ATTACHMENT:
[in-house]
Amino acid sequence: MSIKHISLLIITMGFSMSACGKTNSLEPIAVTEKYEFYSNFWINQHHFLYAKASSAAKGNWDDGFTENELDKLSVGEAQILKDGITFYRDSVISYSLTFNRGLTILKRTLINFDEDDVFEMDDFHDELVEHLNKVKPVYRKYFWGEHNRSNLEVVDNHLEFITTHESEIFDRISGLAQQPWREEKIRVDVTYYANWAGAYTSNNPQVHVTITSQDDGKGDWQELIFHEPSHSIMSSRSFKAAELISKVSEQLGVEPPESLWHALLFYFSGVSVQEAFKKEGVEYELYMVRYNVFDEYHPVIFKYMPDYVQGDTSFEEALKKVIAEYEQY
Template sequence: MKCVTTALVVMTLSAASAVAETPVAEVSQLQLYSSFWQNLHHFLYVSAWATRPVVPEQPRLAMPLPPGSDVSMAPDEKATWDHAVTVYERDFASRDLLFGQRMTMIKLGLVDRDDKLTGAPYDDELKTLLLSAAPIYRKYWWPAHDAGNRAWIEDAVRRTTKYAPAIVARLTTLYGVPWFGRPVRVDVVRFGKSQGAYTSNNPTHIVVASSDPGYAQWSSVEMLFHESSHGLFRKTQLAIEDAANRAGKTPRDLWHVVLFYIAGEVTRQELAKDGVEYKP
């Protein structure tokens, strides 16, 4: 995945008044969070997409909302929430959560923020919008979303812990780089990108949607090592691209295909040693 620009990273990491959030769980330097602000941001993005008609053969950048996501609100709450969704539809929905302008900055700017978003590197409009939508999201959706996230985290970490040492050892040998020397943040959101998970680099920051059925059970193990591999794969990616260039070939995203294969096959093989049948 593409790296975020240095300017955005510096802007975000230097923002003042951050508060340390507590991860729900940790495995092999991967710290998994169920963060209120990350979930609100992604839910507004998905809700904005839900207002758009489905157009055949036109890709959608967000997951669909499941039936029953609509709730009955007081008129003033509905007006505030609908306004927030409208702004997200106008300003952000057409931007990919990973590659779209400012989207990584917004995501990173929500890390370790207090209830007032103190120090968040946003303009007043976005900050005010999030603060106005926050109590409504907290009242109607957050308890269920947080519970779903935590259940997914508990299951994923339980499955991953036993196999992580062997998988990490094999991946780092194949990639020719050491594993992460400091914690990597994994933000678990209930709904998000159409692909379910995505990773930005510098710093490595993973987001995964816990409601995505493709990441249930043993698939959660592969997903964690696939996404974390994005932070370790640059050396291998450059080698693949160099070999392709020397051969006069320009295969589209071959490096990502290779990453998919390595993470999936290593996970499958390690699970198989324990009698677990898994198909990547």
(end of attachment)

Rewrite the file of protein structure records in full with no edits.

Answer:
[in-house]
Amino acid sequence: MSIKHISLLIITMGFSMSACGKTNSLEPIAVTEKYEFYSNFWINQHHFLYAKASSAAKGNWDDGFTENELDKLSVGEAQILKDGITFYRDSVISYSLTFNRGLTILKRTLINFDEDDVFEMDDFHDELVEHLNKVKPVYRKYFWGEHNRSNLEVVDNHLEFITTHESEIFDRISGLAQQPWREEKIRVDVTYYANWAGAYTSNNPQVHVTITSQDDGKGDWQELIFHEPSHSIMSSRSFKAAELISKVSEQLGVEPPESLWHALLFYFSGVSVQEAFKKEGVEYELYMVRYNVFDEYHPVIFKYMPDYVQGDTSFEEALKKVIAEYEQY
Template sequence: MKCVTTALVVMTLSAASAVAETPVAEVSQLQLYSSFWQNLHHFLYVSAWATRPVVPEQPRLAMPLPPGSDVSMAPDEKATWDHAVTVYERDFASRDLLFGQRMTMIKLGLVDRDDKLTGAPYDDELKTLLLSAAPIYRKYWWPAHDAGNRAWIEDAVRRTTKYAPAIVARLTTLYGVPWFGRPVRVDVVRFGKSQGAYTSNNPTHIVVASSDPGYAQWSSVEMLFHESSHGLFRKTQLAIEDAANRAGKTPRDLWHVVLFYIAGEVTRQELAKDGVEYKP
């Protein structure tokens, strides 16, 4: 995945008044969070997409909302929430959560923020919008979303812990780089990108949607090592691209295909040693 620009990273990491959030769980330097602000941001993005008609053969950048996501609100709450969704539809929905302008900055700017978003590197409009939508999201959706996230985290970490040492050892040998020397943040959101998970680099920051059925059970193990591999794969990616260039070939995203294969096959093989049948 593409790296975020240095300017955005510096802007975000230097923002003042951050508060340390507590991860729900940790495995092999991967710290998994169920963060209120990350979930609100992604839910507004998905809700904005839900207002758009489905157009055949036109890709959608967000997951669909499941039936029953609509709730009955007081008129003033509905007006505030609908306004927030409208702004997200106008300003952000057409931007990919990973590659779209400012989207990584917004995501990173929500890390370790207090209830007032103190120090968040946003303009007043976005900050005010999030603060106005926050109590409504907290009242109607957050308890269920947080519970779903935590259940997914508990299951994923339980499955991953036993196999992580062997998988990490094999991946780092194949990639020719050491594993992460400091914690990597994994933000678990209930709904998000159409692909379910995505990773930005510098710093490595993973987001995964816990409601995505493709990441249930043993698939959660592969997903964690696939996404974390994005932070370790640059050396291998450059080698693949160099070999392709020397051969006069320009295969589209071959490096990502290779990453998919390595993470999936290593996970499958390690699970198989324990009698677990898994198909990547």